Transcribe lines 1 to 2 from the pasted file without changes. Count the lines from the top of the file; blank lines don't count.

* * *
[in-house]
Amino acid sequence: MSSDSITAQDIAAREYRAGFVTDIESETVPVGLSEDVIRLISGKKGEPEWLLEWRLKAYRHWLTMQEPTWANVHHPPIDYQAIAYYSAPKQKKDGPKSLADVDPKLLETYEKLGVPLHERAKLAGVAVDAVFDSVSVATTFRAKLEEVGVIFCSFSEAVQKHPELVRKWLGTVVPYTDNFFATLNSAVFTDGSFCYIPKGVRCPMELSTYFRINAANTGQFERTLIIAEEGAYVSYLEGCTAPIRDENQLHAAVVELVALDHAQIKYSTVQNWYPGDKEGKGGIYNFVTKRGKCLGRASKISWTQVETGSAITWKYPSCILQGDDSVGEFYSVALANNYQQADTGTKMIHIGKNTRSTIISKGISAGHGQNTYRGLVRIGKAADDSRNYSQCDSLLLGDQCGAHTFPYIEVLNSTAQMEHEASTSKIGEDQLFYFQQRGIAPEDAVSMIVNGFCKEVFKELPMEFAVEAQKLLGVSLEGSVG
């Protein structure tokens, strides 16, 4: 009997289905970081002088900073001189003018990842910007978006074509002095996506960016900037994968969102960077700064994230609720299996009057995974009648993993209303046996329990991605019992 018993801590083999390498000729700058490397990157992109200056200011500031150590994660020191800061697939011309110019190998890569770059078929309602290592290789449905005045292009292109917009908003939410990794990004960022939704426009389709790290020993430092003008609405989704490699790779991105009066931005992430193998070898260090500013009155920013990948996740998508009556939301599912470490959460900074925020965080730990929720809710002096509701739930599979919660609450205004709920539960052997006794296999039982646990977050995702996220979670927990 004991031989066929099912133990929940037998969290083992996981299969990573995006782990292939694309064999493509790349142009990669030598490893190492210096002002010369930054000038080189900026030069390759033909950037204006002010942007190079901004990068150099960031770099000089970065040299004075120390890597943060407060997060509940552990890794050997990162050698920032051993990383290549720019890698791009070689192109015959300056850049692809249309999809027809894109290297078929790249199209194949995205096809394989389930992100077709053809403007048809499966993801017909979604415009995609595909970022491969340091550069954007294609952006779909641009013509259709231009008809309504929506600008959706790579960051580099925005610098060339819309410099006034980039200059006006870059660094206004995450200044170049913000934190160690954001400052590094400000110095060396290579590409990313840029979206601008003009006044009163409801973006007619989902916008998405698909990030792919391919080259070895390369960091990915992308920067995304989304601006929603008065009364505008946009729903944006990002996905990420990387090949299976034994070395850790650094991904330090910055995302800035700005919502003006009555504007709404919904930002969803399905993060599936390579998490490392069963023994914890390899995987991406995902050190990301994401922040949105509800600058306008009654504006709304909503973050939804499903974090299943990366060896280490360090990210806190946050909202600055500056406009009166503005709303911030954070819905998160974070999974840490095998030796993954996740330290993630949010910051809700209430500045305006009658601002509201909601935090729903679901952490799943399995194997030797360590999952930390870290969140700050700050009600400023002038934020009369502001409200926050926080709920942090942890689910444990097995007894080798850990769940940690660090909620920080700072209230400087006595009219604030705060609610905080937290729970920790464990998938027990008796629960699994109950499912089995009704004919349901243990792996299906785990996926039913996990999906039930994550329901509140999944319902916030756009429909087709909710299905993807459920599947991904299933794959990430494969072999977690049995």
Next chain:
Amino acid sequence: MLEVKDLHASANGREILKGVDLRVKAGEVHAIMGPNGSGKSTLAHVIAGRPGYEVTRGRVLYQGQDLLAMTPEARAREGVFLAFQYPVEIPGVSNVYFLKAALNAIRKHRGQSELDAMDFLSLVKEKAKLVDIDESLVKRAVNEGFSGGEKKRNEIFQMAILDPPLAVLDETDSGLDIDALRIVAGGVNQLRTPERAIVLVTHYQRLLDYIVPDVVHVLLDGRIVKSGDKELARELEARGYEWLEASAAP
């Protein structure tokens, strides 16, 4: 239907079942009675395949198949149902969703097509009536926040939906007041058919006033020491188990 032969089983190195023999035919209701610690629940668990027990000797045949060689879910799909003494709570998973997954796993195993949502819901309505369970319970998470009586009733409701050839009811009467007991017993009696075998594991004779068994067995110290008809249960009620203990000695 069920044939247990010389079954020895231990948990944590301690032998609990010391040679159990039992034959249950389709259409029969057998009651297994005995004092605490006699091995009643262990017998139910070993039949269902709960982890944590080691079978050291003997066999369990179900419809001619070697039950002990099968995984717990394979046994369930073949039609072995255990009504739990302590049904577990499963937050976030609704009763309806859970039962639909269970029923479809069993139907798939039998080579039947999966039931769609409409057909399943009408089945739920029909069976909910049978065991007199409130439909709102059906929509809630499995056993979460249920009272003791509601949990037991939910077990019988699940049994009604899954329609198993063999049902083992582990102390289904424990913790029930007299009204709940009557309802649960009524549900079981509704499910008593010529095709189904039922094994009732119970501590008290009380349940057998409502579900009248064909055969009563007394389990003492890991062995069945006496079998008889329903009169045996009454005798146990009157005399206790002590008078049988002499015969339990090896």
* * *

[in-house]
Amino acid sequence: MSSDSITAQDIAAREYRAGFVTDIESETVPVGLSEDVIRLISGKKGEPEWLLEWRLKAYRHWLTMQEPTWANVHHPPIDYQAIAYYSAPKQKKDGPKSLADVDPKLLETYEKLGVPLHERAKLAGVAVDAVFDSVSVATTFRAKLEEVGVIFCSFSEAVQKHPELVRKWLGTVVPYTDNFFATLNSAVFTDGSFCYIPKGVRCPMELSTYFRINAANTGQFERTLIIAEEGAYVSYLEGCTAPIRDENQLHAAVVELVALDHAQIKYSTVQNWYPGDKEGKGGIYNFVTKRGKCLGRASKISWTQVETGSAITWKYPSCILQGDDSVGEFYSVALANNYQQADTGTKMIHIGKNTRSTIISKGISAGHGQNTYRGLVRIGKAADDSRNYSQCDSLLLGDQCGAHTFPYIEVLNSTAQMEHEASTSKIGEDQLFYFQQRGIAPEDAVSMIVNGFCKEVFKELPMEFAVEAQKLLGVSLEGSVG